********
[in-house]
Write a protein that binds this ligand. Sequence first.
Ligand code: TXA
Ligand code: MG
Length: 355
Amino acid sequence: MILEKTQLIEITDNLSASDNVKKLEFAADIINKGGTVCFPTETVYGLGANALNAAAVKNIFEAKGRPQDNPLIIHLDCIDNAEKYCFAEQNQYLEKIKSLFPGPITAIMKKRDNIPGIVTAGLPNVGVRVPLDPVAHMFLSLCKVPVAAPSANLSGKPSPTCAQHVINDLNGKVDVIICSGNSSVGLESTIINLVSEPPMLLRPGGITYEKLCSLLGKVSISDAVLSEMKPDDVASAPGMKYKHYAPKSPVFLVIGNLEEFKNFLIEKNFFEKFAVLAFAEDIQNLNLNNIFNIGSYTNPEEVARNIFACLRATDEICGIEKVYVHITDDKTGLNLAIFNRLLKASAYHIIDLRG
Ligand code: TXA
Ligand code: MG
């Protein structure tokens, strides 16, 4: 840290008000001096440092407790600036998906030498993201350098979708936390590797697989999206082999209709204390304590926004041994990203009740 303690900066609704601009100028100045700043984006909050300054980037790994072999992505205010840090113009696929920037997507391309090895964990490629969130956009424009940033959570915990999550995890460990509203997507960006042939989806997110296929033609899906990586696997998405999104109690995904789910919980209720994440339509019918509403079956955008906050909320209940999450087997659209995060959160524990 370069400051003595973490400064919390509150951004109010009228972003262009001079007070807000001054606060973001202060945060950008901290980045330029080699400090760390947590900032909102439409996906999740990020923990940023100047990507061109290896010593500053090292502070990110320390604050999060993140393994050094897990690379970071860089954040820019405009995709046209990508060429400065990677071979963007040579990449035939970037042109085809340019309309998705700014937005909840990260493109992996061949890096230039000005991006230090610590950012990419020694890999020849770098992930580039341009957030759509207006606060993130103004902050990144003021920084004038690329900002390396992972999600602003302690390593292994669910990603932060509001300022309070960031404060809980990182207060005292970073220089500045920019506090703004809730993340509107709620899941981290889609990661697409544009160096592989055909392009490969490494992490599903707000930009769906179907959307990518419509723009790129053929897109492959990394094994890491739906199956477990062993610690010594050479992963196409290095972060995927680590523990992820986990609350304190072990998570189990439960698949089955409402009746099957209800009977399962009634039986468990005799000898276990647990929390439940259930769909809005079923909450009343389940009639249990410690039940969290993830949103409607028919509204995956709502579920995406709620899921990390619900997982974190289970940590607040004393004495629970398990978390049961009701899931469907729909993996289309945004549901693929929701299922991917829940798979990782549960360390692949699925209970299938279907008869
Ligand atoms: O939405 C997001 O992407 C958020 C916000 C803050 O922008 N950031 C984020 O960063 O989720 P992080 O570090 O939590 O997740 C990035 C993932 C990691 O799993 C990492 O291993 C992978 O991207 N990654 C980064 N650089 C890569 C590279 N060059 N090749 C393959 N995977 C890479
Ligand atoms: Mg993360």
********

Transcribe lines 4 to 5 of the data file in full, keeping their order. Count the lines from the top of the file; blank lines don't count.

Ligand code: MG
Length: 355